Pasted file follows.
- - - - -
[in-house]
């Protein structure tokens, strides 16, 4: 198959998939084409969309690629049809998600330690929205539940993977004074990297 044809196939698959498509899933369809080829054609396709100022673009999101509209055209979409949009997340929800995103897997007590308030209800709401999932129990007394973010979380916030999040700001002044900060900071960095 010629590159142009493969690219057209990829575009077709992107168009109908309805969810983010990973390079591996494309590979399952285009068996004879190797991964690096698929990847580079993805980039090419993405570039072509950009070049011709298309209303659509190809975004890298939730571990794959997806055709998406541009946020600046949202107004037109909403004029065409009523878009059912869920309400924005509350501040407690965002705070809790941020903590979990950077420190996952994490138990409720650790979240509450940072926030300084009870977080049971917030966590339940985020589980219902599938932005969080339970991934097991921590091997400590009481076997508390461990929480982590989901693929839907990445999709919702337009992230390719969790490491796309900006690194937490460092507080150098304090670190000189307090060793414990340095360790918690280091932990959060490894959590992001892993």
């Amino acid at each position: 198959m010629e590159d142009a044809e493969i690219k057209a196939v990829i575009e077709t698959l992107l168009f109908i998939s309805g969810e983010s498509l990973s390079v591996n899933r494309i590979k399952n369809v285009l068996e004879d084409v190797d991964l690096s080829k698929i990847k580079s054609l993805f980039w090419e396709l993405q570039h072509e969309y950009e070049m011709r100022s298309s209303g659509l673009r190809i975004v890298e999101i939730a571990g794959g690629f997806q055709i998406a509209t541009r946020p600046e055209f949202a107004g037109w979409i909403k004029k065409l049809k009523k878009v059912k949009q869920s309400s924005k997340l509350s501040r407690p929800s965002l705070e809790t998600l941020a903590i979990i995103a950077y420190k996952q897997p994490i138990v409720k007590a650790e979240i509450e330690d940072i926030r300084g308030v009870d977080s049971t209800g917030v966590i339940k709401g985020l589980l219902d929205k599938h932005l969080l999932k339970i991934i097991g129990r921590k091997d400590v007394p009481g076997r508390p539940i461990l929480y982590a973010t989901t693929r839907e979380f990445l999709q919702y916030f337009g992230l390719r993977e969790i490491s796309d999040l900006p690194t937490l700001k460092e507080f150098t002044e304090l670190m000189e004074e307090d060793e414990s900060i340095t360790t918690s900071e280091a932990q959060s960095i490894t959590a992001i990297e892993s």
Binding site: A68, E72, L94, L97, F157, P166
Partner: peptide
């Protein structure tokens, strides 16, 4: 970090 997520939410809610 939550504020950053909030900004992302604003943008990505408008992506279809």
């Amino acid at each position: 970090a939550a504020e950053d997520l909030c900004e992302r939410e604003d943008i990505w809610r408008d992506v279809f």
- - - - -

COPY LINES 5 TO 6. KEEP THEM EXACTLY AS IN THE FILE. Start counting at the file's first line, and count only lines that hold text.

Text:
Partner: peptide
């Protein structure tokens, strides 16, 4: 970090 997520939410809610 939550504020950053909030900004992302604003943008990505408008992506279809």